John Taylor: That’s the spirit

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It seems a local group has begun investigating paranormal activity in the district, equipped with all sorts of hi-tech gizmos to detect strange and unusual happenings.

Yep, there’s plenty of those in Milton Keynes. But back to the Afterlife, and since the area once compromised many old villages it’s hardly surprisingly that ghostly tales abound.

At Woburn Abbey the ghost of an abbot hanged on an oak tree supposedly haunts his earthly ways.

Then, during the Second World War, wrens billeted at the Abbey saw ghostly forms in the monks’ graveyard. On the subject of which, around the village of Milton Keynes a monk was often seen to walk in the local fields.

Of course, spectics might think it was the yokels having a skinful at the Swan, except that one of the witnesses was Sir Richard Gambier Parry, a resident of the village, he had been in command of Special Communications during the Second World War, and head of the Diplomatic Wireless Service.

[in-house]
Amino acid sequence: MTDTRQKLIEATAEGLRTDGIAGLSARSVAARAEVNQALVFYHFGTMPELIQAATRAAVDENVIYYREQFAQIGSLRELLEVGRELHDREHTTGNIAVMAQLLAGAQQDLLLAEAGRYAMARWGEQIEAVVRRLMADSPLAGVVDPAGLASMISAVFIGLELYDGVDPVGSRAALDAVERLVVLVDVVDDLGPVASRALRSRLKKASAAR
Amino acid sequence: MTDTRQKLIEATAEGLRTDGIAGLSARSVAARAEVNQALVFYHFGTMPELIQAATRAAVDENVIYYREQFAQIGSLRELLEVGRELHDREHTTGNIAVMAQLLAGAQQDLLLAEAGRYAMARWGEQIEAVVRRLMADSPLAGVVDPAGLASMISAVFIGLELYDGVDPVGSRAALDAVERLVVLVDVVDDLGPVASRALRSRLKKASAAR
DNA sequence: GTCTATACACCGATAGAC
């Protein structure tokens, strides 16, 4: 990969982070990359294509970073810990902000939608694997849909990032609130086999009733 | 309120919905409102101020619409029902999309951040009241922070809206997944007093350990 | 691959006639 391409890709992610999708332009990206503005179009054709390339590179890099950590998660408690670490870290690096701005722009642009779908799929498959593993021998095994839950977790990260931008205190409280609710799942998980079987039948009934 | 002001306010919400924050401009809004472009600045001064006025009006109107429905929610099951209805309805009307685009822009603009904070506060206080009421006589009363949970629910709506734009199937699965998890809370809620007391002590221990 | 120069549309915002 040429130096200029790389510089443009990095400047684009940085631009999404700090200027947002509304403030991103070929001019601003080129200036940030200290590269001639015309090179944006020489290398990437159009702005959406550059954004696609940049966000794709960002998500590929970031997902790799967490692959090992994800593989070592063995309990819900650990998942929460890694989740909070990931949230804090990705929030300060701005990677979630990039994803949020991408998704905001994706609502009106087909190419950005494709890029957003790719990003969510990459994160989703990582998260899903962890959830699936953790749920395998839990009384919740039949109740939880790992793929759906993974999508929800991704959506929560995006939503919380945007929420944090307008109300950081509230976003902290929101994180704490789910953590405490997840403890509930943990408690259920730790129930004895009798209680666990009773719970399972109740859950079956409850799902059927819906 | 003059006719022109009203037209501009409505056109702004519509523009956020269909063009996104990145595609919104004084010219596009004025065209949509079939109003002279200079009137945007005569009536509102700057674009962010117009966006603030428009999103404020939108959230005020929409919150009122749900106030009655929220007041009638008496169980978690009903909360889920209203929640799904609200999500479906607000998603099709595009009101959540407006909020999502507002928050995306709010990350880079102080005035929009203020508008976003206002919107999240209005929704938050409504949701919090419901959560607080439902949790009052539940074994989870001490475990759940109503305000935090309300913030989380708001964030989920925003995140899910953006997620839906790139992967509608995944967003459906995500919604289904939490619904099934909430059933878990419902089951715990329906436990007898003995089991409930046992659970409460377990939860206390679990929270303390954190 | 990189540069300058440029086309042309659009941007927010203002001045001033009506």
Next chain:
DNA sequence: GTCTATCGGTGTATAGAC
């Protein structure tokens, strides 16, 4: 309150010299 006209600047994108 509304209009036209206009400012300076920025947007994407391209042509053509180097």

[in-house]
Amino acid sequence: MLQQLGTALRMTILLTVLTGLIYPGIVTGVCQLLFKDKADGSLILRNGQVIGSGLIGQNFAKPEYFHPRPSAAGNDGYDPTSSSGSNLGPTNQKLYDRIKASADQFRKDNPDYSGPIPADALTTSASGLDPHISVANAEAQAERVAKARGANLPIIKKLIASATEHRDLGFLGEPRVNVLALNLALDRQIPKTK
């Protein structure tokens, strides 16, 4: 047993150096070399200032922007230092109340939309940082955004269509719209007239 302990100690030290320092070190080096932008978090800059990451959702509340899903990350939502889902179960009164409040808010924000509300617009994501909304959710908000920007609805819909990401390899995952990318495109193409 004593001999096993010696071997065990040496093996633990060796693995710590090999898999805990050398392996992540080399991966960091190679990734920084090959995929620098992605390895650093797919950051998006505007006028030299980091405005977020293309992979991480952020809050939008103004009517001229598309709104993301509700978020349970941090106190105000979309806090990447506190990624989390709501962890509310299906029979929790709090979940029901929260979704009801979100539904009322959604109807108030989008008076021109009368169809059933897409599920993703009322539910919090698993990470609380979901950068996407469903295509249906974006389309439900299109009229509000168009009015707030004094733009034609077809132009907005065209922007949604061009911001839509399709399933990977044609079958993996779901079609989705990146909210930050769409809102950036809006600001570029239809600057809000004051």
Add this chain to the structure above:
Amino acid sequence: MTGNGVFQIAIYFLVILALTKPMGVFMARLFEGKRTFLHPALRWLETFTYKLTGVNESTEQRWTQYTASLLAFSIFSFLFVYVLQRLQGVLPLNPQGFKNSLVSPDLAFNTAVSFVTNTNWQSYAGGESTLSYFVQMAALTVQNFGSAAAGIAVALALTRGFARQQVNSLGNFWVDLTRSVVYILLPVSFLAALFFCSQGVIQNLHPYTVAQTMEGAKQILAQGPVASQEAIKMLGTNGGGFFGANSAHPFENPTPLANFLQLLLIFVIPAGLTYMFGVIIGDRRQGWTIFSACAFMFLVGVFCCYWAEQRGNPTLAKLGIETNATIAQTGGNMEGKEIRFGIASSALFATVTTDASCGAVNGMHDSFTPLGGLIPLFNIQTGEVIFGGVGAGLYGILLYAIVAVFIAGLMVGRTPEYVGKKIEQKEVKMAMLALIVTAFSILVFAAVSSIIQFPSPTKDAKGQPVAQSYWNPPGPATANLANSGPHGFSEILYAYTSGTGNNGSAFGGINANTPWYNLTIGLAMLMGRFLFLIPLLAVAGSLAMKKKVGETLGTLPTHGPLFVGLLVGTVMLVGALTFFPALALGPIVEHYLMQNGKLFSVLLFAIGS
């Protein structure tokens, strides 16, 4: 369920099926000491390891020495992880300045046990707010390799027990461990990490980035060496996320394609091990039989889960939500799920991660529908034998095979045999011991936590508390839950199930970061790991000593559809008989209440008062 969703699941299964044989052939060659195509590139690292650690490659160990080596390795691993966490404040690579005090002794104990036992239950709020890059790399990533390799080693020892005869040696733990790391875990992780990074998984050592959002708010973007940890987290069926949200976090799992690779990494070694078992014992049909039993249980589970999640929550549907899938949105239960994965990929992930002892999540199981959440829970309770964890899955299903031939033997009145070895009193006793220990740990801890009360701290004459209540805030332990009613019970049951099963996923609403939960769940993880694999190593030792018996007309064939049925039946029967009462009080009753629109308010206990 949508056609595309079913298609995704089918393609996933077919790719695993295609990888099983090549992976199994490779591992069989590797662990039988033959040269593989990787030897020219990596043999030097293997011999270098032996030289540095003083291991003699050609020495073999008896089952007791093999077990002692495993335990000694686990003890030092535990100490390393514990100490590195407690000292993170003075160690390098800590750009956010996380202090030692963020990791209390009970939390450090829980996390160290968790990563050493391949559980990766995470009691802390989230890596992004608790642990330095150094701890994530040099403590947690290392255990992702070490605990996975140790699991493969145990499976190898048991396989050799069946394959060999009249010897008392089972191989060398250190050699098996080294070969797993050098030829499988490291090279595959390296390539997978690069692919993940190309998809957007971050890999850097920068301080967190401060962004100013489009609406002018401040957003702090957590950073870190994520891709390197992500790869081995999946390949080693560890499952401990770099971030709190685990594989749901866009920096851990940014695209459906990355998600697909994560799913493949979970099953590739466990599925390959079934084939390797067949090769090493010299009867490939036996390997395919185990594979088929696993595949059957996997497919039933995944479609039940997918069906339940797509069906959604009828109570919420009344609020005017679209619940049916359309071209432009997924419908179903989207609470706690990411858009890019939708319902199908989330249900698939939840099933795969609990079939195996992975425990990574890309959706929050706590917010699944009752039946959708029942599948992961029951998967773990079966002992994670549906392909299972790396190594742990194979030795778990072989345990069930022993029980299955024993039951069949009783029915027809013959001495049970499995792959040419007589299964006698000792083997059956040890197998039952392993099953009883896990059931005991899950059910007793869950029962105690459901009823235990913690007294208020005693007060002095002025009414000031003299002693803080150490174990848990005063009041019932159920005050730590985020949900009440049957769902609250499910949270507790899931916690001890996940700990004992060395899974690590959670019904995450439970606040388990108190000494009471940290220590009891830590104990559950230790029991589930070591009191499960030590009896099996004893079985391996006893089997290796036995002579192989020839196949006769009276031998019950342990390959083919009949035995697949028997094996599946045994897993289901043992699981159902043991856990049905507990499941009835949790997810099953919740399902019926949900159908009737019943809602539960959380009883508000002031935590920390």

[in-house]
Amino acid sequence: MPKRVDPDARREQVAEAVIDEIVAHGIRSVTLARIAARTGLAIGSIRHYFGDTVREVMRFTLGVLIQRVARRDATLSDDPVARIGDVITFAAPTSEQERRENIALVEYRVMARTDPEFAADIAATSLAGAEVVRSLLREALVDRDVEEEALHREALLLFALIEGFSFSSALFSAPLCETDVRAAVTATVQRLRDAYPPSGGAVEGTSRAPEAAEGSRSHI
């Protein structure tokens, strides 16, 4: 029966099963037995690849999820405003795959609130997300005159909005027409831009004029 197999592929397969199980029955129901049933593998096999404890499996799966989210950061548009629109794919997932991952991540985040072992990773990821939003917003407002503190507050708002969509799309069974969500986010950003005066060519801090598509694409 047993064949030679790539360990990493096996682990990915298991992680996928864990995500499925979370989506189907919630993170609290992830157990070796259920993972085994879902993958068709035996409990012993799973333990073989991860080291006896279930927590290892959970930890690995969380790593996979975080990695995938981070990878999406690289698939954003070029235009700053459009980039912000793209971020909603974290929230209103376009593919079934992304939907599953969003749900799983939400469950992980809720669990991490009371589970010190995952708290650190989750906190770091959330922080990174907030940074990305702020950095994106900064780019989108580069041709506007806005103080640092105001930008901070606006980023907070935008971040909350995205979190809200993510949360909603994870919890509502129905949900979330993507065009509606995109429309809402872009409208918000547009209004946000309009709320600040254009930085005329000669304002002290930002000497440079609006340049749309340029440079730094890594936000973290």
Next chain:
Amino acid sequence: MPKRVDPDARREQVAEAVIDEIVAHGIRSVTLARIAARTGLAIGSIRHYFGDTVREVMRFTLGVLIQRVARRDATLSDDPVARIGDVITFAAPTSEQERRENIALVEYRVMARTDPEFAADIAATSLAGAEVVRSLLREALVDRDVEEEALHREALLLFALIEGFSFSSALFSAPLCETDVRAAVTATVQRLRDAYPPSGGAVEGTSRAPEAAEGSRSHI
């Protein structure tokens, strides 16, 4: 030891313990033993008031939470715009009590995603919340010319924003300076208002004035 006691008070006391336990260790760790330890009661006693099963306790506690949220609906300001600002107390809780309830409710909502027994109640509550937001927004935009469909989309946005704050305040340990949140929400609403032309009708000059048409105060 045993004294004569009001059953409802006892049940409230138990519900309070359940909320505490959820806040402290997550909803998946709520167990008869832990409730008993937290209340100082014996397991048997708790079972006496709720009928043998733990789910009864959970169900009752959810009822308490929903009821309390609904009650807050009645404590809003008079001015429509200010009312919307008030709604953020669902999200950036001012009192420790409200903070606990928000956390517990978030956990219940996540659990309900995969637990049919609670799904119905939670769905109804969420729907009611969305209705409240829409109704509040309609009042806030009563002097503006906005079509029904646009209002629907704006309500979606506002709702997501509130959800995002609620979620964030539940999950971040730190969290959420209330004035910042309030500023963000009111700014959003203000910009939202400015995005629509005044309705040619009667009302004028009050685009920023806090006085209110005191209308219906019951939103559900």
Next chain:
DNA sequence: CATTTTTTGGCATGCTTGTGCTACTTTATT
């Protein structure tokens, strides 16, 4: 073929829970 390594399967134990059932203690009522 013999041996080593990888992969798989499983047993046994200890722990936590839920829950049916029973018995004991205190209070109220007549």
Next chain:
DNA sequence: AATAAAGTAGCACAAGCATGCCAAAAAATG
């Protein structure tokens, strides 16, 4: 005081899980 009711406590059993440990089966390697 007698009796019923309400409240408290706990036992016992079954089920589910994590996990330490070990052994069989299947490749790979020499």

The supernatural tales regarding Passenham have long been done to death, with those of Bobby Banastre oft repeated (and embellished). Also, of course, Nancy Lee, who drowned herself in the millpond.

But there’s a lesser known story of a 19-year-old servant girl who drowned herself by the bridge near the mill. Over the years ghostly goings-on have been reported in several local houses.

At 30, Bedford Street, Bletchley, a couple claimed to have seen the shadow of a man in the lounge and were apparently so alarmed that they moved out to stay with friends.

Mind you, they were on the council housing list and the property was for emergency housing. Nevertheless the couple had spent a lot of money in redecorating the premises.

Many houses hide a gruesome secret including 6 Oxford Street, Stony Stratford where, during the war, an evacuee committed suicide by hanging. A similar occurrence took place at a house in Grange Road, Bletchley.